Epicutaneous immunotherapy for treatment of peanut allergy: Follow-up from the Consortium for Food Allergy Research

Consortium for Food Allergy Research (CoFAR)

Research output: Contribution to journalArticlepeer-review

Abstract

Background: Consortium for Food Allergy Research investigators previously reported 52-week outcomes from a randomized controlled trial of peanut epicutaneous immunotherapy, observing modest and statistically significant induction of desensitization, highest in children ages 4 to 11 years. Objective: We sought to evaluate changes in efficacy, safety, and mechanistic parameters following extended open-label peanut epicutaneous immunotherapy. Methods: Peanut-allergic participants (4-25 years) received 52 weeks of placebo (PLB), Viaskin Peanut 100 μg (VP100) or 250 μg (VP250), and then crossed over to VP250 for PLB (PLB-VP250) and VP100 (VP100-VP250) participants and continued treatment for VP250 participants (total = 130 weeks of active epicutaneous immunotherapy). Efficacy was assessed by double-blind, placebo-controlled food challenge (5044 mg peanut protein), and adherence, safety, and mechanistic parameters were evaluated. Results: At week 130, desensitization success was achieved in 1 of 20 (5%) PLB-VP250, 5 of 24 (20.8%) VP100-VP250, and 9 of 25 (36%) VP250 participants, with median successfully consumed dose change from baseline of 11.5 mg, 141.5 mg, and 400 mg, respectively. Median age (years) for week 130 desensitization success was 6.2 years (interquartile range, 5.2-9.1) versus 9.4 years (interquartile range, 7.6-12.8) for failures (P < .001). Adherence was 96%. Adverse reactions were predominantly local patch-site reactions. Significant increases in peanut- and Ara h2–specific IgG4 observed at week 52 persisted to week 130. By a post hoc analysis, there were no statistically significant increases from week 52 to week 130 in either desensitization success or successfully consumed dose. Conclusions: Extended treatment with VP250 was well tolerated, and desensitization observed at week 52 persisted between weeks 52 and 130. Treatment success was observed predominantly in younger participants, with younger age at initiation of active therapy an important predictor of success.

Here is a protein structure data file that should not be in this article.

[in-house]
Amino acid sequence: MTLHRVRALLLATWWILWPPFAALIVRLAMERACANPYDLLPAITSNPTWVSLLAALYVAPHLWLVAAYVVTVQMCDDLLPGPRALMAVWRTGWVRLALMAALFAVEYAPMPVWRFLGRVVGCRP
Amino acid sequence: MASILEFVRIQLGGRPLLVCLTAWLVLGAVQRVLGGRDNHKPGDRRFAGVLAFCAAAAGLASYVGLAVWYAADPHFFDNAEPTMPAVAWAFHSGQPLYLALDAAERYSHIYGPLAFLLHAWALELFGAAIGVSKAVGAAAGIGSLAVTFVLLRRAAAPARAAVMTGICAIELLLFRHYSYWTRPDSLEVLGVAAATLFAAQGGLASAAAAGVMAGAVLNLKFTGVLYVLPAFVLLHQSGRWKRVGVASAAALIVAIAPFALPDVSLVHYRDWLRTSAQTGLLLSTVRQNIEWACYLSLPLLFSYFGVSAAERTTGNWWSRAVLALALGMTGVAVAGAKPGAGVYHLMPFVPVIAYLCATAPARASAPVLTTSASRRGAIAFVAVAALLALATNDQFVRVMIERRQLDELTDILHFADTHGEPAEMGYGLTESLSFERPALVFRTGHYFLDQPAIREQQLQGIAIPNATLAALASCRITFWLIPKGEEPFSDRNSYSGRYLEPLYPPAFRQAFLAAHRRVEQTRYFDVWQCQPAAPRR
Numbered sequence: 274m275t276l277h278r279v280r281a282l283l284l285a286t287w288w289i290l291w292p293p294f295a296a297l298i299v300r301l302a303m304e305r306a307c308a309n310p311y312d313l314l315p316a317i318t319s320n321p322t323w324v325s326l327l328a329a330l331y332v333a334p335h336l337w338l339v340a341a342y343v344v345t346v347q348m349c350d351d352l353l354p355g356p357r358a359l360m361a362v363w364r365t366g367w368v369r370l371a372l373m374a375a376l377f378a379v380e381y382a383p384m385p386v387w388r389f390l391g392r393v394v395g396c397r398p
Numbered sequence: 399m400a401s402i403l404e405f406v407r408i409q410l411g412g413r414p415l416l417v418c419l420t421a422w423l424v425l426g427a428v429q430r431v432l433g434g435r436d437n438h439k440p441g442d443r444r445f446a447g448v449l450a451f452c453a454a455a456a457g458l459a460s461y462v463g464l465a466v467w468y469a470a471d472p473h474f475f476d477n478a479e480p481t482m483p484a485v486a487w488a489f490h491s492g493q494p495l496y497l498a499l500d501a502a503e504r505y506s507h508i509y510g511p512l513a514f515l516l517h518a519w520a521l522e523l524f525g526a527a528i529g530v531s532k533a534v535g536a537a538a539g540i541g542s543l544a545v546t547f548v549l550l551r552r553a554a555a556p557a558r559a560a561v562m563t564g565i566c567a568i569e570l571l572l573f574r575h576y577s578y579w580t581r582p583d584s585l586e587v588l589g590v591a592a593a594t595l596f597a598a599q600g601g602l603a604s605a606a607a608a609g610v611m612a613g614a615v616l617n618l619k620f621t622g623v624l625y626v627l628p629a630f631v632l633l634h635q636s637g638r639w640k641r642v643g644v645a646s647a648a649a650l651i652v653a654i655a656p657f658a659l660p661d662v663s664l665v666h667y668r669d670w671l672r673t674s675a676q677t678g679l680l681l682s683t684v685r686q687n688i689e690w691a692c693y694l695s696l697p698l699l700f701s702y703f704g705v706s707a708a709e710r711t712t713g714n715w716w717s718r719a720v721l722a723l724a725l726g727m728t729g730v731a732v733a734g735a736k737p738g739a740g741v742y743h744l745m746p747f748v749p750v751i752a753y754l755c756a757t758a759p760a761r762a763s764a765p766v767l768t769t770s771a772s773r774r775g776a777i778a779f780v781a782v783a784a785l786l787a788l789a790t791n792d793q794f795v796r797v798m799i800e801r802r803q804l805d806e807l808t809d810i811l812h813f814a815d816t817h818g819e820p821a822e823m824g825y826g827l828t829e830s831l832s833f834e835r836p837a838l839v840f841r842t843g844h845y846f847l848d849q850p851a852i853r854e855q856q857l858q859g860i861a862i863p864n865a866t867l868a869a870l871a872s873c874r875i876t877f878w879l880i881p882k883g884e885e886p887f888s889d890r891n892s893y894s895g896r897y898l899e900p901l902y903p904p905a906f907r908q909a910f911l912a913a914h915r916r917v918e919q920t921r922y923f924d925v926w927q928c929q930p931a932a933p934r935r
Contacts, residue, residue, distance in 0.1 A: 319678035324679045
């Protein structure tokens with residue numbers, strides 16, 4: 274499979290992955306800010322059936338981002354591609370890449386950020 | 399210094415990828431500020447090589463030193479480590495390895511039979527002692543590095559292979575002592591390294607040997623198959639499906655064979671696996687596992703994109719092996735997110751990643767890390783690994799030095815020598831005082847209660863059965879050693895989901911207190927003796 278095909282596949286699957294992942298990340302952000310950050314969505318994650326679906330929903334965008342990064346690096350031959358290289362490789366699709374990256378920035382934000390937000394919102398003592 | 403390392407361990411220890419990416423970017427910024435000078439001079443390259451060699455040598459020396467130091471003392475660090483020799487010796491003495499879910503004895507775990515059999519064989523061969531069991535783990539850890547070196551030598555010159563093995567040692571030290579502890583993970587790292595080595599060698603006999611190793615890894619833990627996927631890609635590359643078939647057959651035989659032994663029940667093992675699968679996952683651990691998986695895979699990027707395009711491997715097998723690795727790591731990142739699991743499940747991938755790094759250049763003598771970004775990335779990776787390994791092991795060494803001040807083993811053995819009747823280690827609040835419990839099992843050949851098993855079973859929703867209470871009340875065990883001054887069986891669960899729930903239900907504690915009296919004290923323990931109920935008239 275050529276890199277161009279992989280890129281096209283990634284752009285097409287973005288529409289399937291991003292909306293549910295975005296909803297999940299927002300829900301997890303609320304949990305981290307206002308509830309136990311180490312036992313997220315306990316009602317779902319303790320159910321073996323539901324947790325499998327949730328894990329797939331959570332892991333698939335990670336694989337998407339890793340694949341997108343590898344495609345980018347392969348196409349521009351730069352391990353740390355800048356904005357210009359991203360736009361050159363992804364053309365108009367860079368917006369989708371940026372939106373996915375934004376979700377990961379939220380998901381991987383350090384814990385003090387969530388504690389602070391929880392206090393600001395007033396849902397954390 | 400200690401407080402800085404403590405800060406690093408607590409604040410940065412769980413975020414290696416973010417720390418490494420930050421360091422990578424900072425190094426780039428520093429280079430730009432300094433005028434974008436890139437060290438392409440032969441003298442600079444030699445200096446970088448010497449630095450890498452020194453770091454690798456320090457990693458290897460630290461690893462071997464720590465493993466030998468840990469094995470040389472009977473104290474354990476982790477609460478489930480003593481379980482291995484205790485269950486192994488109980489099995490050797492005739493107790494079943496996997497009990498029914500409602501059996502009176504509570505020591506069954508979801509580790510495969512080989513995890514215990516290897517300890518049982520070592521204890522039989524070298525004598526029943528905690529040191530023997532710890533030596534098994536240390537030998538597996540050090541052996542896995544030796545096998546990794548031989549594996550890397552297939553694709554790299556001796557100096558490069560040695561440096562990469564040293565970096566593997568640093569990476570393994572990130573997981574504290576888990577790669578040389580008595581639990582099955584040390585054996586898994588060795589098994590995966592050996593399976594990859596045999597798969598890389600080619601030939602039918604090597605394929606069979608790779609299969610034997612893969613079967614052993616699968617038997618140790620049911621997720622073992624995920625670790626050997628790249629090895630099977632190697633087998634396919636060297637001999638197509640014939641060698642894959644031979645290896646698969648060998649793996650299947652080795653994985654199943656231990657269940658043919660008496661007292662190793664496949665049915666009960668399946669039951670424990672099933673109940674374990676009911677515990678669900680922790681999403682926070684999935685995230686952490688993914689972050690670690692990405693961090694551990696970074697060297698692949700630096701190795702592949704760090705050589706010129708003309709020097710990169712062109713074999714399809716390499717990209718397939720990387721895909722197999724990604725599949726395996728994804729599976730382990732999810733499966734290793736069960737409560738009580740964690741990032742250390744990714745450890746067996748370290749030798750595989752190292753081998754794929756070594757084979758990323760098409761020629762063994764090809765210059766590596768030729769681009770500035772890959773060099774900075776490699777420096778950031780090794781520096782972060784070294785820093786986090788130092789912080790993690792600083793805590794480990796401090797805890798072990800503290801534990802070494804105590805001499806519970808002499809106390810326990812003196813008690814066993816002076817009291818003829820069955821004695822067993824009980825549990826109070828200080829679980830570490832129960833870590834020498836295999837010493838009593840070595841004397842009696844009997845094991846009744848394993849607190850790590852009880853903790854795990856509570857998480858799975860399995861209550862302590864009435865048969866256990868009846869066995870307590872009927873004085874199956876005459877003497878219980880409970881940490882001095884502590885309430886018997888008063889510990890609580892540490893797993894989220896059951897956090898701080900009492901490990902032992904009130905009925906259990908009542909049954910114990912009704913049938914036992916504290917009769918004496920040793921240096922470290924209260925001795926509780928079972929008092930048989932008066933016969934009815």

Original languageEnglish (US)
JournalJournal of Allergy and Clinical Immunology
DOIs
StateAccepted/In press - 2021

Keywords

  • desensitization
  • epicutaneous immunotherapy
  • follow-up
  • food allergy
  • IgE
  • IgG
  • Peanut allergy

ASJC Scopus subject areas

  • Immunology and Allergy
  • Immunology

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